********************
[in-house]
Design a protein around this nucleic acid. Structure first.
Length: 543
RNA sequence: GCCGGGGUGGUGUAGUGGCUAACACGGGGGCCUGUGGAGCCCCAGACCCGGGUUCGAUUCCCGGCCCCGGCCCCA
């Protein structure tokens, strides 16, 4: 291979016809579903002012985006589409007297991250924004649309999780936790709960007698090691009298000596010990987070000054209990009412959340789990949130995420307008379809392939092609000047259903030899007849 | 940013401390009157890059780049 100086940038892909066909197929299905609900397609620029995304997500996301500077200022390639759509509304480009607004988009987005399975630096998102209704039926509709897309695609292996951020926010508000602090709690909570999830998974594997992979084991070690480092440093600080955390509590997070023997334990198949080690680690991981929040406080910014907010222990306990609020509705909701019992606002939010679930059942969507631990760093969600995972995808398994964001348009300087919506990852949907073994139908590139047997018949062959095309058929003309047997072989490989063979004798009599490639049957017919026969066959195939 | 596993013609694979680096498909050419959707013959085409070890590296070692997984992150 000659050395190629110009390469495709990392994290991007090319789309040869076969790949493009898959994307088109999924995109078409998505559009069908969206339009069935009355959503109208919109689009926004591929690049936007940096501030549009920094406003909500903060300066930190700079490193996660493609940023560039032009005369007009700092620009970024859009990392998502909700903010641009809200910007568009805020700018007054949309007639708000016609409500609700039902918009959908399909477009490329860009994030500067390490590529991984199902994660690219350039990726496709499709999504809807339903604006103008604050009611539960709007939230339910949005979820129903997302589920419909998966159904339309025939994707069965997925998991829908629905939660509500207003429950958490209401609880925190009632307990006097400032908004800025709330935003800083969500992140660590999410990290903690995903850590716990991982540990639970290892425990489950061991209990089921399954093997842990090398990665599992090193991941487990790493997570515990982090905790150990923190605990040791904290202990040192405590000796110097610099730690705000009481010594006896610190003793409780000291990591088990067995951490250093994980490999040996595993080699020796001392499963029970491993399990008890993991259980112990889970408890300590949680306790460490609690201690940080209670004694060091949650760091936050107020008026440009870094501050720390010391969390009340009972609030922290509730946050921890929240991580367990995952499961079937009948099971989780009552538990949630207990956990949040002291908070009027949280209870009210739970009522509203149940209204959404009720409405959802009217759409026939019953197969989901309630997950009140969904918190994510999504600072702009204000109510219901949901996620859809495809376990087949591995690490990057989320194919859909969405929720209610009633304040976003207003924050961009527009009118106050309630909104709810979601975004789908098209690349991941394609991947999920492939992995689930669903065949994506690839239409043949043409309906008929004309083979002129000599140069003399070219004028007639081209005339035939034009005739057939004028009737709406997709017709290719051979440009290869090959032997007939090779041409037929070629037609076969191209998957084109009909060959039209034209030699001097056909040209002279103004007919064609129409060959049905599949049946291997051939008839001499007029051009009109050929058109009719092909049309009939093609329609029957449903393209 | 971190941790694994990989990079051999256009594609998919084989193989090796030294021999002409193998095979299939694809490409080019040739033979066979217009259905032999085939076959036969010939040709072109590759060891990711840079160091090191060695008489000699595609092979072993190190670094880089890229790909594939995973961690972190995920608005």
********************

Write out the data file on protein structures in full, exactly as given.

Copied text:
[in-house]
Design a protein around this nucleic acid. Structure first.
Length: 543
RNA sequence: GCCGGGGUGGUGUAGUGGCUAACACGGGGGCCUGUGGAGCCCCAGACCCGGGUUCGAUUCCCGGCCCCGGCCCCA
């Protein structure tokens, strides 16, 4: 291979016809579903002012985006589409007297991250924004649309999780936790709960007698090691009298000596010990987070000054209990009412959340789990949130995420307008379809392939092609000047259903030899007849 | 940013401390009157890059780049 100086940038892909066909197929299905609900397609620029995304997500996301500077200022390639759509509304480009607004988009987005399975630096998102209704039926509709897309695609292996951020926010508000602090709690909570999830998974594997992979084991070690480092440093600080955390509590997070023997334990198949080690680690991981929040406080910014907010222990306990609020509705909701019992606002939010679930059942969507631990760093969600995972995808398994964001348009300087919506990852949907073994139908590139047997018949062959095309058929003309047997072989490989063979004798009599490639049957017919026969066959195939 | 596993013609694979680096498909050419959707013959085409070890590296070692997984992150 000659050395190629110009390469495709990392994290991007090319789309040869076969790949493009898959994307088109999924995109078409998505559009069908969206339009069935009355959503109208919109689009926004591929690049936007940096501030549009920094406003909500903060300066930190700079490193996660493609940023560039032009005369007009700092620009970024859009990392998502909700903010641009809200910007568009805020700018007054949309007639708000016609409500609700039902918009959908399909477009490329860009994030500067390490590529991984199902994660690219350039990726496709499709999504809807339903604006103008604050009611539960709007939230339910949005979820129903997302589920419909998966159904339309025939994707069965997925998991829908629905939660509500207003429950958490209401609880925190009632307990006097400032908004800025709330935003800083969500992140660590999410990290903690995903850590716990991982540990639970290892425990489950061991209990089921399954093997842990090398990665599992090193991941487990790493997570515990982090905790150990923190605990040791904290202990040192405590000796110097610099730690705000009481010594006896610190003793409780000291990591088990067995951490250093994980490999040996595993080699020796001392499963029970491993399990008890993991259980112990889970408890300590949680306790460490609690201690940080209670004694060091949650760091936050107020008026440009870094501050720390010391969390009340009972609030922290509730946050921890929240991580367990995952499961079937009948099971989780009552538990949630207990956990949040002291908070009027949280209870009210739970009522509203149940209204959404009720409405959802009217759409026939019953197969989901309630997950009140969904918190994510999504600072702009204000109510219901949901996620859809495809376990087949591995690490990057989320194919859909969405929720209610009633304040976003207003924050961009527009009118106050309630909104709810979601975004789908098209690349991941394609991947999920492939992995689930669903065949994506690839239409043949043409309906008929004309083979002129000599140069003399070219004028007639081209005339035939034009005739057939004028009737709406997709017709290719051979440009290869090959032997007939090779041409037929070629037609076969191209998957084109009909060959039209034209030699001097056909040209002279103004007919064609129409060959049905599949049946291997051939008839001499007029051009009109050929058109009719092909049309009939093609329609029957449903393209 | 971190941790694994990989990079051999256009594609998919084989193989090796030294021999002409193998095979299939694809490409080019040739033979066979217009259905032999085939076959036969010939040709072109590759060891990711840079160091090191060695008489000699595609092979072993190190670094880089890229790909594939995973961690972190995920608005």